Artificial intelligence could help people who have lost the ability to speak. Scientists at the University of Texas have developed a decoder that will enable the so-called non-invasive reading of thoughts.
An artificial intelligence device can translate thoughts into text using brain imaging.
The decoder was able to reconstruct speech with incredible accuracy using only functional magnetic resonance imaging (fMRI). The participants of the study listened to the story, or even just silently imagined it. Until now, similar devices required the introduction of a surgical implant, but the new method is non-invasive and brings hope that new methods will be created to restore speech to people who have lost the ability to speak, for example due to stroke or amyotrophic lateral sclerosis (ALS).Read also Living alone is the same health risk as smoking, study says
Neurologist Alexander Huth, who led the study, noted that he was somewhat shocked by the accuracy of the device. “We were quite shocked that it worked so well. I’ve been working on it for 15 years… So it was exciting when it finally started working,” he said.
This achievement overcomes a fundamental limitation of fMRI, which is that while the technique can capture brain activity at a specific location with incredibly high resolution, it has a time delay that makes it impossible to track brain activity in real time. The delay arises because fMRI maps neuronal activity indirectly in response to changes in blood flow.
“It’s a noisy, slow proxy for neural activity,” Huth said. This limitation makes the ability to interpret brain activity following natural speech difficult, as it provides a “.mess of information” spread over seconds. However, the development of so-called large language models, i.e. those on which OpenAI’s ChatGPT chatbot is based, for example, opens a new path.Read also ChatGPT provides therapy, can lead to a revolution in mental health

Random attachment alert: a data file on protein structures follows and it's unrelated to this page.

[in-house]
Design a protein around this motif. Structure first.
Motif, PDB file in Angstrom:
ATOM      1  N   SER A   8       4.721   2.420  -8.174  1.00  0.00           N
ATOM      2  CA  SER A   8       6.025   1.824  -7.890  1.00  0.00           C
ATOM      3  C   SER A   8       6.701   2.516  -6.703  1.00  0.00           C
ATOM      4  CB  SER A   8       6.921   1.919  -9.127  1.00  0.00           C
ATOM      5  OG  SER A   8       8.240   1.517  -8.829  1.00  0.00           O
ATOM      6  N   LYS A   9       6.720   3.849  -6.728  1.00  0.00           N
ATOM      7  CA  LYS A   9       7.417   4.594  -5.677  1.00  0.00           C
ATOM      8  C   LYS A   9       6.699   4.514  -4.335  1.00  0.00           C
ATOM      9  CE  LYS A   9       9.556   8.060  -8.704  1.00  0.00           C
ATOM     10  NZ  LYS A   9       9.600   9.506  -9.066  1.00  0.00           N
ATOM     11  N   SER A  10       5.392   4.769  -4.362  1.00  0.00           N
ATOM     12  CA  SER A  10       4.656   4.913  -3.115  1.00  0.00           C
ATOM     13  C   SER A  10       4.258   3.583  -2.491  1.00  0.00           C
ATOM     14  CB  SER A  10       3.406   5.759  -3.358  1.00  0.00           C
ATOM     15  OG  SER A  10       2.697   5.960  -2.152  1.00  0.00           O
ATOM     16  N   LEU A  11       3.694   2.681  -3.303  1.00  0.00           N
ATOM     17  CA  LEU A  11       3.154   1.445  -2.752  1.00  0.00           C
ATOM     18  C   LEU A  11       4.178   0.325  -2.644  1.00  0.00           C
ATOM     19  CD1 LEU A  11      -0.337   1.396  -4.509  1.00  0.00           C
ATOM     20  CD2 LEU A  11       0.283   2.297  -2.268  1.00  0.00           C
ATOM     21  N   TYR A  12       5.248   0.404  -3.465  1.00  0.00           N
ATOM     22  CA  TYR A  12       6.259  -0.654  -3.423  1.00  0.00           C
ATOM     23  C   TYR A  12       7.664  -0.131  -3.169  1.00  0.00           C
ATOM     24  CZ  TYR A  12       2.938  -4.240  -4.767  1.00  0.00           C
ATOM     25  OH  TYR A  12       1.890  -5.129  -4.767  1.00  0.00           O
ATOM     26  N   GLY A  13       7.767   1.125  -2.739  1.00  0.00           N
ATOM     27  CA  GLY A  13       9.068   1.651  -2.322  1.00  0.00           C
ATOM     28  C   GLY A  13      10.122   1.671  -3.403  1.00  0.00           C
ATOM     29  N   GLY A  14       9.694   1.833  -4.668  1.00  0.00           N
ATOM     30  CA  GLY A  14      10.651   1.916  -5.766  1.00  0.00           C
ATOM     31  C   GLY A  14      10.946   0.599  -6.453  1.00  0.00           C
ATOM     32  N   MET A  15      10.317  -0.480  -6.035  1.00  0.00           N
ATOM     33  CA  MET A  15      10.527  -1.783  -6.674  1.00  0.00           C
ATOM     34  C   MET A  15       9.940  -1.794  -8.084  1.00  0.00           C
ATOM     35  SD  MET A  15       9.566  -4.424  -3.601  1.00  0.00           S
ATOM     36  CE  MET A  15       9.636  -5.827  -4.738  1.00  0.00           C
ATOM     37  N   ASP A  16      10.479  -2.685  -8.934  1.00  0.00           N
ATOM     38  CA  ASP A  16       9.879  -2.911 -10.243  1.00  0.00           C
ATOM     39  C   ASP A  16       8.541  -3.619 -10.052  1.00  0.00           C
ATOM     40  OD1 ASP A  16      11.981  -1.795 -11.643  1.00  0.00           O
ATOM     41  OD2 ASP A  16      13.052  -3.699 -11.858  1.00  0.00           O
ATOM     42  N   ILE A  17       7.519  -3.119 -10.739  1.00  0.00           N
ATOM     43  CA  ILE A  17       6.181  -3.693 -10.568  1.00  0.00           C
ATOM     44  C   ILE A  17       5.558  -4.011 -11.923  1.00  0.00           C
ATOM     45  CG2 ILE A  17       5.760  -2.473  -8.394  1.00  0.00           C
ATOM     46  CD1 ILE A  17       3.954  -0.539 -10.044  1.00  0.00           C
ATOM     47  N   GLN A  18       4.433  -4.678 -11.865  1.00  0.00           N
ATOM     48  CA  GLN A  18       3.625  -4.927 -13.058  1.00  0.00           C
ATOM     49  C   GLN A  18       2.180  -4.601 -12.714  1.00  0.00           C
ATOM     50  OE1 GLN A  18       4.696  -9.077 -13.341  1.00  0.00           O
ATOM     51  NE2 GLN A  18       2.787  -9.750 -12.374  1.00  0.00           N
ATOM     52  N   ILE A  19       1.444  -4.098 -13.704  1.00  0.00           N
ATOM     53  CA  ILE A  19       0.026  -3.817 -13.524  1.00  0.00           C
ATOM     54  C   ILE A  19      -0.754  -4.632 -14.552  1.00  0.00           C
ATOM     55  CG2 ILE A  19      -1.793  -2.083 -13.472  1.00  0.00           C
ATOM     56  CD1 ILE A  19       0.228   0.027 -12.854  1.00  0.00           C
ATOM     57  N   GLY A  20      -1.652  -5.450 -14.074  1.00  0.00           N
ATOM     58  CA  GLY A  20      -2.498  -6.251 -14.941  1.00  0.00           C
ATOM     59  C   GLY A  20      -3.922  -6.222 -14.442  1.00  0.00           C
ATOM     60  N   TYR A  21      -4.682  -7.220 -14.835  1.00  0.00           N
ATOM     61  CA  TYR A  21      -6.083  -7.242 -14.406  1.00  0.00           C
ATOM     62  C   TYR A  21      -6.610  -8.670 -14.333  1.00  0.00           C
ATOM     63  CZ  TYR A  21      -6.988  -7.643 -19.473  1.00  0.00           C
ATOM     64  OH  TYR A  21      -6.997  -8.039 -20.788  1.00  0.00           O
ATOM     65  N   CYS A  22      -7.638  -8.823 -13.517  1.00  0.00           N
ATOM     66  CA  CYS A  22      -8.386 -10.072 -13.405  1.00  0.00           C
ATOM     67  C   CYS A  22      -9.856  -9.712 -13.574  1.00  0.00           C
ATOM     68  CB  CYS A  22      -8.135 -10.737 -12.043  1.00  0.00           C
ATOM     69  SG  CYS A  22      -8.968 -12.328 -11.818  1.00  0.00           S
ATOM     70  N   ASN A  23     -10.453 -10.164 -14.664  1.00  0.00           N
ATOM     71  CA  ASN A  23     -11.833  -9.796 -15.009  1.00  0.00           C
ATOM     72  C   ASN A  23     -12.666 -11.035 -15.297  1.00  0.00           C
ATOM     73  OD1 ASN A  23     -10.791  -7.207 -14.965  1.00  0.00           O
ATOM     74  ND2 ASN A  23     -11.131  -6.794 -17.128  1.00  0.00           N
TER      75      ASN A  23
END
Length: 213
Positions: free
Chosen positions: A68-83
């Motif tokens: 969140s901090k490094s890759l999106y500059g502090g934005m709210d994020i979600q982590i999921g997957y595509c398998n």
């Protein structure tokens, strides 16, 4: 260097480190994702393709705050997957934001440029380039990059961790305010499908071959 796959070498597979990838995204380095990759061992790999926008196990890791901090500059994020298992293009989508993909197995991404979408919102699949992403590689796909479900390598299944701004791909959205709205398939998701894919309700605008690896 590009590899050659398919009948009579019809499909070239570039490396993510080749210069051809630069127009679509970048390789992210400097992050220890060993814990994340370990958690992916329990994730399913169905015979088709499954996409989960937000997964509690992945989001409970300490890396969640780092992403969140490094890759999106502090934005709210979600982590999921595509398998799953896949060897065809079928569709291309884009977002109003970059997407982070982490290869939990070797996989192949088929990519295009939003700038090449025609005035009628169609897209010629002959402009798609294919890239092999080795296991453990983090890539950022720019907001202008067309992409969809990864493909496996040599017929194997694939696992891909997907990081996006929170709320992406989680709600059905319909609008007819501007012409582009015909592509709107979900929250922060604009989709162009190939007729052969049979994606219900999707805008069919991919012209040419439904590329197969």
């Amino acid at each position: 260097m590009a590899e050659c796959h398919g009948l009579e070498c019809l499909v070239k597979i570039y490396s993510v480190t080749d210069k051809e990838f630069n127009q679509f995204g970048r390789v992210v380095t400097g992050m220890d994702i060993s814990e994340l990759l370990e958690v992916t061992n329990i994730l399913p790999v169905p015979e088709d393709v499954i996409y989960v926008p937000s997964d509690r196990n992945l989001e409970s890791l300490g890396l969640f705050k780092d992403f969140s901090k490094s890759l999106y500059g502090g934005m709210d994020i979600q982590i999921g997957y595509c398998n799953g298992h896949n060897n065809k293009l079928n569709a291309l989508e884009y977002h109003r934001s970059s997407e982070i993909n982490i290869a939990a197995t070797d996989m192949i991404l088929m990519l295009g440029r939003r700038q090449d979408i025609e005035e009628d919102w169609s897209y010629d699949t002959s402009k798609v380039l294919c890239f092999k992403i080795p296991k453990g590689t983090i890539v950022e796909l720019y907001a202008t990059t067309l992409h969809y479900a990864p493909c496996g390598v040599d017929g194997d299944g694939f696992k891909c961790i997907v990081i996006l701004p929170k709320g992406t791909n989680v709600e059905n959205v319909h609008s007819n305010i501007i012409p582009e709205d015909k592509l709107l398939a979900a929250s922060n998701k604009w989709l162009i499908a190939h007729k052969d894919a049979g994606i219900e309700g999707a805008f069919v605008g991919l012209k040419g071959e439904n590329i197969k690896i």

Large language models are able to numerically represent the semantic meaning of speech, which has allowed scientists to track which patterns of neuronal activity correspond to strings of words with a particular meaning, rather than trying to read the activity word by word.
The procedure was difficult, each of the three volunteers had to spend 16 hours in the magnetic resonance machine and listen to podcasts. The decoder learned to assign meaning to brain activity using the large language model GPT-1, the predecessor of the ChatGPT model. Later, the same participants were recorded listening to a different story or imagining they were telling a story, and a decoder was used to generate the text based on brain activity alone. In about half of the cases, the text matched, sometimes very precisely, the intended meaning of the original words.Read also Scientists have improved magnetic resonance imaging. The brain scan is thus 64 million times sharper
“Our system works at the level of thought, semantics, meaning,” Huth said, noting that the device captures not the exact words but the essence of the message. For example, when a participant heard the sentence “I don’t have a driver’s license yet,” the decoder interpreted it as “She hasn’t even started learning to drive yet.” Another time, conversely, the sentence “I didn’t know whether to scream, cry, or run away. Instead, I said, ‘Leave me alone!'” he translated as “She started screaming and crying, and then she just said, ‘I told you to leave me alone.'”
Study participants also watched short videos and the device then described them based on their brain activity. In some cases, the machine got it wrong, it has problems especially with personal pronouns. The decoder was also personalized so it had unintelligible output when used on another person. Participants could also trick the system by imagining animals or another story.
Source: Pravda – Veda a technika by vat.pravda.sk.
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